A deranged young man in Santa Barbara, California from a broken home with a serious mental health condition goes on a rampage, stabbing three people and shooting three more – four men and two women are murdered – in revenge for his inability to get laid.
In response, the modern power women advocates on Twitter, hijack this tragedy and launch a ‘women are so vulnerable to men’ hashtag, #YesAllWomen.
There are many problems with this hashtag-activism. What these feminist crusaders have cooly ignored is that although the killer was enraged at women, he killed more men than women.
Worse than this, the murdered bodies were barely cold before the crusaders began wallowing in their own feminist victimhood. Their campaign betrays a relentless focus on themselves rather than those who were so brutally killed.
Then, in addition to libelling men as a group, their groundless assertion that: “Our society raises men to believe that they are entitled to a woman’s body” is extraordinarily offensive, not just to the mass of men who somehow manage to desist from raping and murdering the women they come across, but to all those who raised them – women.
Are we really to fall for the tosh that all mothers are raising all their sons to believe that they are entitled to woman’s body?
Are we really meant to accept that all school teachers are complicit in supporting them on this? Gosh if I was a Mum I would be pretty pissed off; no hang on, I am a Mum and I am pissed off to have this aspersion laid at my door.
But most of all their hashtag campaign makes me wonder why bother tweeting at all? What’s its purpose?
In the relatively safe US and UK, hashtag campaigners seek to invoke consequential campaigns that galvanise protests in dangerous areas of the world.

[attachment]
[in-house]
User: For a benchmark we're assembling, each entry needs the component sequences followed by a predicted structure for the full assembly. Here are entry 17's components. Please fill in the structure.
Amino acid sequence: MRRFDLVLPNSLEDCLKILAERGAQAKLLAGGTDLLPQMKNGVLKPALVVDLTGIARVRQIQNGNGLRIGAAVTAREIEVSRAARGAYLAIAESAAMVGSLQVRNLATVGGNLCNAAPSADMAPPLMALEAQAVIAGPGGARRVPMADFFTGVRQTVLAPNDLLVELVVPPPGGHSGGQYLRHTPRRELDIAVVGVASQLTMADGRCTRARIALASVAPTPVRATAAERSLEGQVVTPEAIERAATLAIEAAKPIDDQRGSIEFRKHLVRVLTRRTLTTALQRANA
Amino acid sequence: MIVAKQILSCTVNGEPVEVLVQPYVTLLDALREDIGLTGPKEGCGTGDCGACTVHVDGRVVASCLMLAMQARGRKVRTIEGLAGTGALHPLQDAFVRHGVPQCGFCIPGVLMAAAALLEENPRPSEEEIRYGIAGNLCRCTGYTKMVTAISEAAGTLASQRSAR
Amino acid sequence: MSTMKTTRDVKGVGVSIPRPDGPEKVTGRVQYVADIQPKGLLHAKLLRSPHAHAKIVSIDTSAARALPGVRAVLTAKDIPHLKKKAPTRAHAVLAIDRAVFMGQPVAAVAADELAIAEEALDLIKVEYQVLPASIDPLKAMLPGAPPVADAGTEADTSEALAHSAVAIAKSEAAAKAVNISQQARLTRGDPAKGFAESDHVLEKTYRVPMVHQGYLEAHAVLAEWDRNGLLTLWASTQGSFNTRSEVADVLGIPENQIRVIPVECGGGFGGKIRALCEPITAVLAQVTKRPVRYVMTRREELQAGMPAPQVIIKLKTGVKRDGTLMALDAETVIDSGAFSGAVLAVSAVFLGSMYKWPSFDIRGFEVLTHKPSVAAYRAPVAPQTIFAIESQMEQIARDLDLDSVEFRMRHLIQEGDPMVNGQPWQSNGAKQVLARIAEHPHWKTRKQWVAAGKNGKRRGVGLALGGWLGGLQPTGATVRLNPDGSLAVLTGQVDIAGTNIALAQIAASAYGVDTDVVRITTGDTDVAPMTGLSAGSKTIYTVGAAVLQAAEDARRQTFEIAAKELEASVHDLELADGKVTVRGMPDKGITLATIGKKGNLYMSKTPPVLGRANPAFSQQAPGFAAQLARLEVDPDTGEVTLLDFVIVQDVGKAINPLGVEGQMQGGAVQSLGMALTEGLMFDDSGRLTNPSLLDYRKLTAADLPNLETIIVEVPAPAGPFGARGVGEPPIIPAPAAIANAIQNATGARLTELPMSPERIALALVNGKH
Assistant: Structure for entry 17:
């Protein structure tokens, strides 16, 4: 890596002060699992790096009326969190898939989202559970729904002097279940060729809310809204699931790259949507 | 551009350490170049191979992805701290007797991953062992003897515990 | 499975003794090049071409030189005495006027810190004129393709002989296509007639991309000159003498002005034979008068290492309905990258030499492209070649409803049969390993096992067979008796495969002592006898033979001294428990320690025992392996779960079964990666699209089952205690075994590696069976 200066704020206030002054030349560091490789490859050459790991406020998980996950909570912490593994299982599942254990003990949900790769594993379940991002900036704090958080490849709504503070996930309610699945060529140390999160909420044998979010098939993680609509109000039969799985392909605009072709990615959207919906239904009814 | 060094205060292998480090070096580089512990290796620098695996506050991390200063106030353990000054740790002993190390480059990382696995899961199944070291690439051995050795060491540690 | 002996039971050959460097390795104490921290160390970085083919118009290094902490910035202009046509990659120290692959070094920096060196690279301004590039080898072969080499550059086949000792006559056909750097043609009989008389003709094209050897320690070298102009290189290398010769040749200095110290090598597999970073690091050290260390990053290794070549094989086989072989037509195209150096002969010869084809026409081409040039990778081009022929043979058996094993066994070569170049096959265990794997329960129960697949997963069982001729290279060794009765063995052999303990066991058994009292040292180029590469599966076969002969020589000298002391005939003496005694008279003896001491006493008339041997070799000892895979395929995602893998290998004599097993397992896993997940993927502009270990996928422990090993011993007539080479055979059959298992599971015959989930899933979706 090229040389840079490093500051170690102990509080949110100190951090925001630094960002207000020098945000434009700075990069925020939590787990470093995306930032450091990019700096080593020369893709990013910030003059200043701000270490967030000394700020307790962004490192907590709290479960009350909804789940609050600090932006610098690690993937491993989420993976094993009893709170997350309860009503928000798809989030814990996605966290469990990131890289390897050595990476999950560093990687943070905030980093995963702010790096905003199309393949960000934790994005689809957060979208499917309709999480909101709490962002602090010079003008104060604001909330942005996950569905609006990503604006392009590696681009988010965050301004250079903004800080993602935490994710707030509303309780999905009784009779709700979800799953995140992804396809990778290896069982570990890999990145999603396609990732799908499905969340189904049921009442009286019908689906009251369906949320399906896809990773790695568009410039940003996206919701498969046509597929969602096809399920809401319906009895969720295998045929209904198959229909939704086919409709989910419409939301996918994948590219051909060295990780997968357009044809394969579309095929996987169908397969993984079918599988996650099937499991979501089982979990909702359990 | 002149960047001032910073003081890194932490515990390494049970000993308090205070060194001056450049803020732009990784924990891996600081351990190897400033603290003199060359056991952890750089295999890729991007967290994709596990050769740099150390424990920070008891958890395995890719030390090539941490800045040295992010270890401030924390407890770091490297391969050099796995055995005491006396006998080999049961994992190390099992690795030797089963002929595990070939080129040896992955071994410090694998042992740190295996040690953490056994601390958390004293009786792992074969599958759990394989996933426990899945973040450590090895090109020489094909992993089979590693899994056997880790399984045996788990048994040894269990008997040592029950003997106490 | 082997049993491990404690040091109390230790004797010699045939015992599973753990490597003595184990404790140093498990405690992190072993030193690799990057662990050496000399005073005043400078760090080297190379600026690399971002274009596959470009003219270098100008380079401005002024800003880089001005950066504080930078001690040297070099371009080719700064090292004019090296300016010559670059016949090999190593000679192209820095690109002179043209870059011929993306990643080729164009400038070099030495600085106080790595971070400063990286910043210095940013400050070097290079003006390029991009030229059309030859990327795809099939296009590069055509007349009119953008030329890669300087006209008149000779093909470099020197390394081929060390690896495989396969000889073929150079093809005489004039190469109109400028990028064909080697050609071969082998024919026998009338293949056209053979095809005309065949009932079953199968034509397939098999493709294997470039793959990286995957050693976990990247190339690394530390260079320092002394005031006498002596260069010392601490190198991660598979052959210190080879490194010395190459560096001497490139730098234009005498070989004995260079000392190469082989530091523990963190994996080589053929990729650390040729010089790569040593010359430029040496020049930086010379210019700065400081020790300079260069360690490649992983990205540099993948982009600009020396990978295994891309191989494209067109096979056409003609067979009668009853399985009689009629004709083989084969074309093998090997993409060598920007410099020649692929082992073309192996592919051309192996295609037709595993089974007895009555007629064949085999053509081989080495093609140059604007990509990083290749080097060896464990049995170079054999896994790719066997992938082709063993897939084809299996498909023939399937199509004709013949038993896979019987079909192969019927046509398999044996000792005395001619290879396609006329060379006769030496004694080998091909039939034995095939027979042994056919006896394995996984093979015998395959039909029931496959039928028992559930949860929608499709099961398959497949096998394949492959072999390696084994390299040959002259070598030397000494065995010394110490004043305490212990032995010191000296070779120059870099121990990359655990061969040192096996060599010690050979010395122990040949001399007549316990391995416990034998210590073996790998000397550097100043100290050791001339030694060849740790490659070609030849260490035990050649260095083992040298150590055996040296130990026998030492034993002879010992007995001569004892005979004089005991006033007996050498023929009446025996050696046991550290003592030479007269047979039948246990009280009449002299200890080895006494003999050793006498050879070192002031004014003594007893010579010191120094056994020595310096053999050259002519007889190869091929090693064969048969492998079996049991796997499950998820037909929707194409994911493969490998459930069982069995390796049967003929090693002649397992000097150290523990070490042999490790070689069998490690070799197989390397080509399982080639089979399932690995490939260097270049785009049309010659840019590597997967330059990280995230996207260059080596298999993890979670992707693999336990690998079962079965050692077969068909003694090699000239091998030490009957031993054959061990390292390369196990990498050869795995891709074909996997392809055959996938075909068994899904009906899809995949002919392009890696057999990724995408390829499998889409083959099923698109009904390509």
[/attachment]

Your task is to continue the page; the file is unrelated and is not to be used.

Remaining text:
But the fact is they rarely manage more than create visible complaints for the sake of complaining. On considering the latest viral hashtags, I wonder if that is by design.
On the contrary, these popular campaigns are distinctive because they are safely without solution, and therefore, the complaints impose no responsibility for action. It is the ‘patriarchy’ that is to blame.
Contrast this with the campaign for the Sudanese woman, Miriam, who has been condemned to death for refusing to renounce Christianity.
As the wife of an American citizen, the US has diplomatic options to press for her release. For her, a hashtag publicity campaign has a shot at actual positive outcome.
Yet it received nowhere near the same publicity as bringbackourgirls. No wonder. There has been no feminist inspired twitter storm for this ’cause’.
This it seems is because although Miriam is of the right gender to excite feminist interest her crime is not the right crime. She was condemned not because she was educated but because she had converted to and had married a Christian.
Just as western feminist outrage did not extend to dead Nigerian boys, now we can only conclude it does not extend to women who will be killed because of their Christian faith either.